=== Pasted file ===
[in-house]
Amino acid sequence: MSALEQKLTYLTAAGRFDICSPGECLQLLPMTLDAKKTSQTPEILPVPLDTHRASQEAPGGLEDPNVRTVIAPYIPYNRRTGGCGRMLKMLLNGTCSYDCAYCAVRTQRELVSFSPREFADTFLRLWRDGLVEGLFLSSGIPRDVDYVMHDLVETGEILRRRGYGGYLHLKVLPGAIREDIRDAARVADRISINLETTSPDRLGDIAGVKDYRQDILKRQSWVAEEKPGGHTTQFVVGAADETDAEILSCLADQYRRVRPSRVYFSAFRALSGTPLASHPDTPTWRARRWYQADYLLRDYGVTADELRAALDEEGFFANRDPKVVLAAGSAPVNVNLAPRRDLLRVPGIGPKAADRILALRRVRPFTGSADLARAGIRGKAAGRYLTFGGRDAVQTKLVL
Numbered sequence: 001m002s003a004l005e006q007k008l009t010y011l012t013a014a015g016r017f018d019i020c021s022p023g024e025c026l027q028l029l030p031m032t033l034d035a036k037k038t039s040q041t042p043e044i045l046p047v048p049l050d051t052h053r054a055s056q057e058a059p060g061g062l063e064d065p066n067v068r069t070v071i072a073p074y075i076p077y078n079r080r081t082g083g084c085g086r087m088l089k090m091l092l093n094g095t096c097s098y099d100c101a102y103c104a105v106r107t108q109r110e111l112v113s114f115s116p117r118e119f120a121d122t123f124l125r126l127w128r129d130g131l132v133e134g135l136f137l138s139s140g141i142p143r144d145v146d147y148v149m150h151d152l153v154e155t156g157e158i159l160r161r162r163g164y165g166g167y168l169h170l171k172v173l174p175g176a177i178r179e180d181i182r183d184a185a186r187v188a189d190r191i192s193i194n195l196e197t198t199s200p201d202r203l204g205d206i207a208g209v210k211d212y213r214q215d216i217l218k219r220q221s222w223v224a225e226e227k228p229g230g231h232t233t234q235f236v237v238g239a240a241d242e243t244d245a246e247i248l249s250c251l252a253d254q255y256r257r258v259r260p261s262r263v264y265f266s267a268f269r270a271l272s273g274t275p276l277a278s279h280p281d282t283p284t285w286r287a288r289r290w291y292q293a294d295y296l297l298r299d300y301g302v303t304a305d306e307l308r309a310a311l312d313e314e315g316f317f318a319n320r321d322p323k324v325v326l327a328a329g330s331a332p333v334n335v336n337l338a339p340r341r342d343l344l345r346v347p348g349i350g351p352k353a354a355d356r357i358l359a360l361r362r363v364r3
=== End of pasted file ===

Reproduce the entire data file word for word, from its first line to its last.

[in-house]
Amino acid sequence: MSALEQKLTYLTAAGRFDICSPGECLQLLPMTLDAKKTSQTPEILPVPLDTHRASQEAPGGLEDPNVRTVIAPYIPYNRRTGGCGRMLKMLLNGTCSYDCAYCAVRTQRELVSFSPREFADTFLRLWRDGLVEGLFLSSGIPRDVDYVMHDLVETGEILRRRGYGGYLHLKVLPGAIREDIRDAARVADRISINLETTSPDRLGDIAGVKDYRQDILKRQSWVAEEKPGGHTTQFVVGAADETDAEILSCLADQYRRVRPSRVYFSAFRALSGTPLASHPDTPTWRARRWYQADYLLRDYGVTADELRAALDEEGFFANRDPKVVLAAGSAPVNVNLAPRRDLLRVPGIGPKAADRILALRRVRPFTGSADLARAGIRGKAAGRYLTFGGRDAVQTKLVL
Numbered sequence: 001m002s003a004l005e006q007k008l009t010y011l012t013a014a015g016r017f018d019i020c021s022p023g024e025c026l027q028l029l030p031m032t033l034d035a036k037k038t039s040q041t042p043e044i045l046p047v048p049l050d051t052h053r054a055s056q057e058a059p060g061g062l063e064d065p066n067v068r069t070v071i072a073p074y075i076p077y078n079r080r081t082g083g084c085g086r087m088l089k090m091l092l093n094g095t096c097s098y099d100c101a102y103c104a105v106r107t108q109r110e111l112v113s114f115s116p117r118e119f120a121d122t123f124l125r126l127w128r129d130g131l132v133e134g135l136f137l138s139s140g141i142p143r144d145v146d147y148v149m150h151d152l153v154e155t156g157e158i159l160r161r162r163g164y165g166g167y168l169h170l171k172v173l174p175g176a177i178r179e180d181i182r183d184a185a186r187v188a189d190r191i192s193i194n195l196e197t198t199s200p201d202r203l204g205d206i207a208g209v210k211d212y213r214q215d216i217l218k219r220q221s222w223v224a225e226e227k228p229g230g231h232t233t234q235f236v237v238g239a240a241d242e243t244d245a246e247i248l249s250c251l252a253d254q255y256r257r258v259r260p261s262r263v264y265f266s267a268f269r270a271l272s273g274t275p276l277a278s279h280p281d282t283p284t285w286r287a288r289r290w291y292q293a294d295y296l297l298r299d300y301g302v303t304a305d306e307l308r309a310a311l312d313e314e315g316f317f318a319n320r321d322p323k324v325v326l327a328a329g330s331a332p333v334n335v336n337l338a339p340r341r342d343l344l345r346v347p348g349i350g351p352k353a354a355d356r357i358l359a360l361r362r363v364r3